Copyright 1987 Reed Business Information, Inc.

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Customer Reviews

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Most Helpful Customer Reviews

24 of 24 people found the following review helpful By orbit13 on August 1, 2000
Format: Hardcover
Maury Allen's book is a touching tribute to one of baseball's greatest players. Written in part to commemorate the 25th anniversary of Roger Maris' 61 in `61 home run feat, it honors the tormented athlete with memories from the people who knew him best. Family, friends, and teammates reflect on and remember the man who was loved and hated for toppling Babe Ruth's home run record. Most of the book understandably focuses on the 1961 season and examines his upper Midwest childhood and his post-'61 career from such perspective. While Allen doesn't hesitate to weave Maris' record-breaking year into any stage of the narrative, he is careful to expose a gentler Maris the press actively ignored and defiled. The numerous interviews, including ones from Maris' father and high school coaches as well as players Mickey Mantle, Yogi Berra, Whitey Ford, and Mike Shannon, bring great honesty to his tortured character. It also is a strong attempt to redeem a player who in life never rose to the glory he deserved.
This book serves more as a biography of Roger Maris the baseball player and man who broke Babe Ruth's home run record than Roger Maris the person, and there's little on his personal and family life, perhaps echoing on page the private man he was in life. Nevertheless, it more than adequately creates a portrait of a small town hero whose devotion to baseball was never bested by his love for his family and friends.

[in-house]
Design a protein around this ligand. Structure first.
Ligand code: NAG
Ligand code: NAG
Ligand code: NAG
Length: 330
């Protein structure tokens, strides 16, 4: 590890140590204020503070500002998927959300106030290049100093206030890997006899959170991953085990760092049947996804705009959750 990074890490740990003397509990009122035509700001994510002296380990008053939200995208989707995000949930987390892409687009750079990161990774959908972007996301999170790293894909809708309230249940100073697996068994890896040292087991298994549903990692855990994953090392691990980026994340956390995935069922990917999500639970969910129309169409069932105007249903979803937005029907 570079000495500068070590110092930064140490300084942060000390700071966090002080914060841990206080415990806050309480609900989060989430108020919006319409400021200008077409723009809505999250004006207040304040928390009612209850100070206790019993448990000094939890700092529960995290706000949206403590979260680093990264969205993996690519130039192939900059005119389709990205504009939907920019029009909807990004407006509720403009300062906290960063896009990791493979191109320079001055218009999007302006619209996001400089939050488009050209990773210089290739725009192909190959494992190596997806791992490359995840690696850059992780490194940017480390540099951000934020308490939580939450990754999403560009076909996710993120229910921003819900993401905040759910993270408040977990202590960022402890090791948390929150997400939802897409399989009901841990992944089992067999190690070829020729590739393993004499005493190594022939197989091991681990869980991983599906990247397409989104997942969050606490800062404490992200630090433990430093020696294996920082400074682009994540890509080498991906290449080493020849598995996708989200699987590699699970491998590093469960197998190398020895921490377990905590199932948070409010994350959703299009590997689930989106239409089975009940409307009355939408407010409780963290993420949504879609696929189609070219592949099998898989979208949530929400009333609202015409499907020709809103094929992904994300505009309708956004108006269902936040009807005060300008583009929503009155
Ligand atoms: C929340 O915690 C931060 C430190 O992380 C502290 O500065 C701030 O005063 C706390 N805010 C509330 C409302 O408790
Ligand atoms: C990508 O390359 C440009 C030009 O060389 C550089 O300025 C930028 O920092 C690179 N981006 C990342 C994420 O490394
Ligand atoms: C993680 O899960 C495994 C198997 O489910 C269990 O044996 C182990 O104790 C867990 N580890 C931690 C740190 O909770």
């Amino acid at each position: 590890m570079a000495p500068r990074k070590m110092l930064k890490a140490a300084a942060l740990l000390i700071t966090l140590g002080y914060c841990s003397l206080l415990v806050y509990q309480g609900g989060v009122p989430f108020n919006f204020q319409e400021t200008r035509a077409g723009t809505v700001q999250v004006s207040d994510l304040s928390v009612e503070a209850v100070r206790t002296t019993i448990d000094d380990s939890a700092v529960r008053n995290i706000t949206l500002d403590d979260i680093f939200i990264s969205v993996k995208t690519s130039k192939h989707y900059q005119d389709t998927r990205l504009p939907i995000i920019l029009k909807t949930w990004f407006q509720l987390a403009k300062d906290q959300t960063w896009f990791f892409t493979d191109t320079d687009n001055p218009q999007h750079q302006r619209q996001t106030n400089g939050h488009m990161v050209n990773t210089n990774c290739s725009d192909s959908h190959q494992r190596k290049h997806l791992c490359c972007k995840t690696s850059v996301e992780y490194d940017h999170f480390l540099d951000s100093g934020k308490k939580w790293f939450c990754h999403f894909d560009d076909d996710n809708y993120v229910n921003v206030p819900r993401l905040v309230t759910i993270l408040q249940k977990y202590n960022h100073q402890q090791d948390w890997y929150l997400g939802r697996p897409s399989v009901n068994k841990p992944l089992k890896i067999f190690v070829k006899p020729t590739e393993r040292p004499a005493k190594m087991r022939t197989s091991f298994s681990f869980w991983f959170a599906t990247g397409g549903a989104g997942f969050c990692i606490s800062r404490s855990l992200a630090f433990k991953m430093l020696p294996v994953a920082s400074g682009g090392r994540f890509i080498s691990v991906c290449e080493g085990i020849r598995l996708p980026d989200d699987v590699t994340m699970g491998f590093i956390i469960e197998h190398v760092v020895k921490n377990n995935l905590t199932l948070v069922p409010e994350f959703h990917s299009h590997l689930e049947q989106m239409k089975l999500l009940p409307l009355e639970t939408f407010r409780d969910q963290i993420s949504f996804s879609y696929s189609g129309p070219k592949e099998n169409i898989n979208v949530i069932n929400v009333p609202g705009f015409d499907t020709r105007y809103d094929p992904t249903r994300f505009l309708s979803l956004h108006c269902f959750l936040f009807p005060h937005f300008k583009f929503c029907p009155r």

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9 of 9 people found the following review helpful By Melvin Hunt on April 25, 2003
Format: Hardcover
This was a very good life story of Roger Maris. You get a good look at his early baseball years with the Kansas City Athletics.
He is then traded to the New York Yankees.As a result of this trade he is able to play on several world championship baseball
teams.The year that Maris broke the all time season homerun record is well covered. You get a good coverage of the day to day events of his life until he breaks the record of 60 homeruns